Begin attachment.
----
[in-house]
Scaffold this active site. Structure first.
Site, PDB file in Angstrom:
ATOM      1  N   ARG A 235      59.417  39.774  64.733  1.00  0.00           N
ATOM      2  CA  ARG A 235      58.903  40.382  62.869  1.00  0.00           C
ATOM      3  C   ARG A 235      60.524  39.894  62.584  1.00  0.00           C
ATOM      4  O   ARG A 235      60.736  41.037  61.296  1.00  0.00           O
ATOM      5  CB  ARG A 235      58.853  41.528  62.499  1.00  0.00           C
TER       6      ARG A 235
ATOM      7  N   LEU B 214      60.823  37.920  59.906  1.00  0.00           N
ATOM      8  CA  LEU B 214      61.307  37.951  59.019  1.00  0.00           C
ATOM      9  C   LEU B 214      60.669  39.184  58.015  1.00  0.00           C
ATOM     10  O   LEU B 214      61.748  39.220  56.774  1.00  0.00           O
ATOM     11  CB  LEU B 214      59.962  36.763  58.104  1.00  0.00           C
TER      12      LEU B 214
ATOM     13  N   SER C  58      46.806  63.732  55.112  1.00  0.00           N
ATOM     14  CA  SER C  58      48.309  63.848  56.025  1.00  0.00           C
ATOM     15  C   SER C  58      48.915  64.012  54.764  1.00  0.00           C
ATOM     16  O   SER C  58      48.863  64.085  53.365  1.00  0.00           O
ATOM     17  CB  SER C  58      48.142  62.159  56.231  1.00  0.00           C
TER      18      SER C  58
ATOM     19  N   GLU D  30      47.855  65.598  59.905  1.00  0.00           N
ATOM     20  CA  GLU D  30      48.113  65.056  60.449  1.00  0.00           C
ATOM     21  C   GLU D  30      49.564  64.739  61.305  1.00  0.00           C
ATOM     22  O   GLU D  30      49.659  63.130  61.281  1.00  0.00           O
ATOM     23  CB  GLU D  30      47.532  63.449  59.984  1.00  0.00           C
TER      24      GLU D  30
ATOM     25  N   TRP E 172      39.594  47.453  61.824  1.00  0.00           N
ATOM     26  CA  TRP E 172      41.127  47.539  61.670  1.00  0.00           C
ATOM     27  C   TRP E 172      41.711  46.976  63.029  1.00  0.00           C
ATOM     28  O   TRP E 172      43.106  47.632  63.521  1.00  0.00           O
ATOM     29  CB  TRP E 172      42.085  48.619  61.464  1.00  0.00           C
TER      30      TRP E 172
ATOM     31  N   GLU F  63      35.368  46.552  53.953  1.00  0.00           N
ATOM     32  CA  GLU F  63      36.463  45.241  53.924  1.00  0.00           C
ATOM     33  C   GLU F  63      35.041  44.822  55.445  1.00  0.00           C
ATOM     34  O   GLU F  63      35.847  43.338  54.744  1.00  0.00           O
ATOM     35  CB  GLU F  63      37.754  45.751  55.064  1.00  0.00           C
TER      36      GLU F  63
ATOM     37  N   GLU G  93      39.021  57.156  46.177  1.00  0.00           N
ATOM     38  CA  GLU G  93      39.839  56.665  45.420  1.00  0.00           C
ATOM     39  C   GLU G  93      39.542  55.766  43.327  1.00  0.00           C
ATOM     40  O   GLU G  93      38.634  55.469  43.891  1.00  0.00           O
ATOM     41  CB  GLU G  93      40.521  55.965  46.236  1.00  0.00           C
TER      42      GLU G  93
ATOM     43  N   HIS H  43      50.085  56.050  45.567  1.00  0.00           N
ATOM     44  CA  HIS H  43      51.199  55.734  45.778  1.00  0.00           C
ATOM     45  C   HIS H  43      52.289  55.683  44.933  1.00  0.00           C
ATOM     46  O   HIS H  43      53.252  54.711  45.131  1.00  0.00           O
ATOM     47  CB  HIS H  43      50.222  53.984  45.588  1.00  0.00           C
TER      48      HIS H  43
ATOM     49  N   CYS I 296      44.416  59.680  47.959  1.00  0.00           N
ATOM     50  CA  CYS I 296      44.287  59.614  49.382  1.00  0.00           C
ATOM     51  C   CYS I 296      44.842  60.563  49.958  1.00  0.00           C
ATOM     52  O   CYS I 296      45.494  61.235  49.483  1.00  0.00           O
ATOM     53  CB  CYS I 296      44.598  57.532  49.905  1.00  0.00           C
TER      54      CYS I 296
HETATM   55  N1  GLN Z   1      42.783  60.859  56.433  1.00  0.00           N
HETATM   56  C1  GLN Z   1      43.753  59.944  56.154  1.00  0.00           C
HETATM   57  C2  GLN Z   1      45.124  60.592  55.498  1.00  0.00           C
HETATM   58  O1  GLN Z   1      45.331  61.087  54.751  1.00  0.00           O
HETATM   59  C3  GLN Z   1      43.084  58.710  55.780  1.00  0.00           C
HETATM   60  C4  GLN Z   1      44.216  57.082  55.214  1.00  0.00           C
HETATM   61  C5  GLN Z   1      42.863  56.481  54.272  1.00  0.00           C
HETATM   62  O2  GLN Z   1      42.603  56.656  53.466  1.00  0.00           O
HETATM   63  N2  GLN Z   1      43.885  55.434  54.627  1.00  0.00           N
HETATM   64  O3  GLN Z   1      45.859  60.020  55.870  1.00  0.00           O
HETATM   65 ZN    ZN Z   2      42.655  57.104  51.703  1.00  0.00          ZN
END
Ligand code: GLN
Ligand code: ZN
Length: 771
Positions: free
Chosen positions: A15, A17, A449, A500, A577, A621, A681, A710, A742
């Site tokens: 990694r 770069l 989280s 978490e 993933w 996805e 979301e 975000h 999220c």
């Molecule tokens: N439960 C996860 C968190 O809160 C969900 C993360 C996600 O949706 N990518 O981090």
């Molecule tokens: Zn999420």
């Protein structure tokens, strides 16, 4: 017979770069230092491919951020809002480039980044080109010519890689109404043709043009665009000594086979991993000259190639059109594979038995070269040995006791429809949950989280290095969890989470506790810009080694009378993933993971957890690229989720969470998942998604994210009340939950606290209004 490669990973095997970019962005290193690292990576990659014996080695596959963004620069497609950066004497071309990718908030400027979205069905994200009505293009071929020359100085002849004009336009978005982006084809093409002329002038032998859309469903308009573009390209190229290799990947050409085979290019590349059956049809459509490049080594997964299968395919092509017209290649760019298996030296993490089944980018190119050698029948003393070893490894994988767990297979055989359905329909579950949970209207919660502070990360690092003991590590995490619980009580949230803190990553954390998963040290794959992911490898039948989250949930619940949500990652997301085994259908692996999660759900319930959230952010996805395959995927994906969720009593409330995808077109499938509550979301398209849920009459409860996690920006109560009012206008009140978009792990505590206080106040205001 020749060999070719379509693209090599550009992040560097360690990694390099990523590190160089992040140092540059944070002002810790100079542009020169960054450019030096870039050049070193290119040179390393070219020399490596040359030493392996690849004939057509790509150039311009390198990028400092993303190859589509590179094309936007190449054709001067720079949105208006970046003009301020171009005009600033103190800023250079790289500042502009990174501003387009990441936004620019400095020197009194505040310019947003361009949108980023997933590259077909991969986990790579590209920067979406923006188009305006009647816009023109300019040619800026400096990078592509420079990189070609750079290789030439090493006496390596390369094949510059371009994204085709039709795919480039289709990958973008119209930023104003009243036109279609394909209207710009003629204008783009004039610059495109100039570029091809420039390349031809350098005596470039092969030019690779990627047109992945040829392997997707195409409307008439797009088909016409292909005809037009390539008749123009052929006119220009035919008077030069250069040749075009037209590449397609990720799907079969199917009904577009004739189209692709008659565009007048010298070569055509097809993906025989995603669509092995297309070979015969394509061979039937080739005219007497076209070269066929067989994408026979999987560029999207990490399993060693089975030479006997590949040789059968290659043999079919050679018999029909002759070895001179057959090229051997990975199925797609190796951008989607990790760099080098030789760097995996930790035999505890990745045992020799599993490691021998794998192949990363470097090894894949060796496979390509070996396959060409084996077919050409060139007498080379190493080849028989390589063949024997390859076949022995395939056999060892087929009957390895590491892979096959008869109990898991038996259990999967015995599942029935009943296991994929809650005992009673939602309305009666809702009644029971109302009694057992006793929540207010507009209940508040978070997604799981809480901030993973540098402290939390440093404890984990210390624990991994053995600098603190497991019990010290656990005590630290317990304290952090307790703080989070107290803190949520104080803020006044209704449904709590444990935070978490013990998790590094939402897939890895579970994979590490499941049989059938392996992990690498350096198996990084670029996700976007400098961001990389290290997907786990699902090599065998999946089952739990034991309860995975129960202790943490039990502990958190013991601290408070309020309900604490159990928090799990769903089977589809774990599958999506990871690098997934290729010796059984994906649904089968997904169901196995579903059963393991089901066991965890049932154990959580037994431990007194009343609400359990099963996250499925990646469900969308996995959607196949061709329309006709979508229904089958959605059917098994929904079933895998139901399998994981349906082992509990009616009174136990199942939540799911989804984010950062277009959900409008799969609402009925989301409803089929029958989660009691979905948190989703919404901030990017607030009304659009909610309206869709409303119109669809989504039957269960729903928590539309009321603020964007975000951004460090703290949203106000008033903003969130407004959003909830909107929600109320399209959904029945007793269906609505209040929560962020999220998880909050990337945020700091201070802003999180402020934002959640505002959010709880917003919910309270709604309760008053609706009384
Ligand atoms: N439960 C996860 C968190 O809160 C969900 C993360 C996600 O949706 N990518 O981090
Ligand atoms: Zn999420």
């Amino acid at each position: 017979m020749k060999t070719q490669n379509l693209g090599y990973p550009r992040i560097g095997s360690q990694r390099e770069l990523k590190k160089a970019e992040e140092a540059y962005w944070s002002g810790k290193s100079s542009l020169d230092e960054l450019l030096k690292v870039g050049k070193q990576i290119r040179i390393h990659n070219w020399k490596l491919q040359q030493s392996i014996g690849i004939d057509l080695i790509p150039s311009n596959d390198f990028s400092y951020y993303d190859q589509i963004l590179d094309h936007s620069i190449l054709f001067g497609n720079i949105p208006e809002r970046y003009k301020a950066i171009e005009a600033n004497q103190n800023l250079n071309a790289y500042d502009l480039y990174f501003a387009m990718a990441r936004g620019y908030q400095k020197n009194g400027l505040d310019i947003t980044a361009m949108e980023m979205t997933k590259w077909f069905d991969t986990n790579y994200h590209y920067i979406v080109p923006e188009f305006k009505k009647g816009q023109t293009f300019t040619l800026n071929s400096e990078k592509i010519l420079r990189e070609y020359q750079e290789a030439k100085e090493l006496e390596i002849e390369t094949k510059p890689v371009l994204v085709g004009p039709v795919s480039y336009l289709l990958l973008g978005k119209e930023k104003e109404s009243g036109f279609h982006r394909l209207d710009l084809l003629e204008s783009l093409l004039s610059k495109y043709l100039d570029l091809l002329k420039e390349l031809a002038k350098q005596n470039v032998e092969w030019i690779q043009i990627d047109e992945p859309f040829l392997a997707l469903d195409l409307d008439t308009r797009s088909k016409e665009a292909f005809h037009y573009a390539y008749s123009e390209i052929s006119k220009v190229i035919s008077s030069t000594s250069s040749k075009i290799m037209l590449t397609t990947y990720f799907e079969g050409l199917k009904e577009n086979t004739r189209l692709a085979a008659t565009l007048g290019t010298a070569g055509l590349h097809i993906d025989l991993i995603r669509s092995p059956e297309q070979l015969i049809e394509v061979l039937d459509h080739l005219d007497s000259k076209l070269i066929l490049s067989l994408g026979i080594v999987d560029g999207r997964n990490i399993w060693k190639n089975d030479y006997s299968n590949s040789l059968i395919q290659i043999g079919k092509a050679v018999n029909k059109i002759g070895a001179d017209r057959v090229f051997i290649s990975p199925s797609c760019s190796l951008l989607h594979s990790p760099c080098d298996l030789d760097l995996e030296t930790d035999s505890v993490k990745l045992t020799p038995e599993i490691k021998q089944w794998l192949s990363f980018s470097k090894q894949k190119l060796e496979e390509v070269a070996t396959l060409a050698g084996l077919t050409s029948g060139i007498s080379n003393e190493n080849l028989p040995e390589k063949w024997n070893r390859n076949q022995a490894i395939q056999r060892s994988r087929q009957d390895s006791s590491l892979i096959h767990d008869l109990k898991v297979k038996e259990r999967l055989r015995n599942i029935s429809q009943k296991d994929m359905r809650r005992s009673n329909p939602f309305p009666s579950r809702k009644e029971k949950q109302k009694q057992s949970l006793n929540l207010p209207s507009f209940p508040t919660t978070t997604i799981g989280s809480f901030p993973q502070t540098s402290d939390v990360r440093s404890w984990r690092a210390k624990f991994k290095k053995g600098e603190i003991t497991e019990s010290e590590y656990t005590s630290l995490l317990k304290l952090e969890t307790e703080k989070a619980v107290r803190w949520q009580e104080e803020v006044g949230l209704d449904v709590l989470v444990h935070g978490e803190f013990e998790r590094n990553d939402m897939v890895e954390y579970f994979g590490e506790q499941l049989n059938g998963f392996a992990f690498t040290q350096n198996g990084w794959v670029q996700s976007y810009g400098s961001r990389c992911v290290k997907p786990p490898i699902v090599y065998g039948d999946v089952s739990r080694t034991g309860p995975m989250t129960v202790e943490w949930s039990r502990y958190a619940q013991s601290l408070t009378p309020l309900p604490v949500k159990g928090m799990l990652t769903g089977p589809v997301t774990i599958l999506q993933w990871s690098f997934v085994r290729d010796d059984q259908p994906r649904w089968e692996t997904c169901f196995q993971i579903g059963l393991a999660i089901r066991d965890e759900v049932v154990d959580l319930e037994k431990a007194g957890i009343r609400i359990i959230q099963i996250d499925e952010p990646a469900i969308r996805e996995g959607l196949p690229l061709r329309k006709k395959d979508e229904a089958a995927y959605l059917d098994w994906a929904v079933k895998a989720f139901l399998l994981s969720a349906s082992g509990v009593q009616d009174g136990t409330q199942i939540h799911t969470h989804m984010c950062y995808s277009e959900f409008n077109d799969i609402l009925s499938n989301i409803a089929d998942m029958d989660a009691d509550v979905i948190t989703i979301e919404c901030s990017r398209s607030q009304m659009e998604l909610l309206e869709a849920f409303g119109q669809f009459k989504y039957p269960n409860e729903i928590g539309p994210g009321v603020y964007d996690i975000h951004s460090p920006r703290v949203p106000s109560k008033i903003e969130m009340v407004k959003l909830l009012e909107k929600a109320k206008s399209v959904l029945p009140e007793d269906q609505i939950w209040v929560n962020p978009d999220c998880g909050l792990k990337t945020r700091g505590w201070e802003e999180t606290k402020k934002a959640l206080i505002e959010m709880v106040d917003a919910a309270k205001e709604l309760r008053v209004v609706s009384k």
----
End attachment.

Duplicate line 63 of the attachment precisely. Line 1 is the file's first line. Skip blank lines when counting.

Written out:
HETATM   60  C4  GLN Z   1      44.216  57.082  55.214  1.00  0.00           C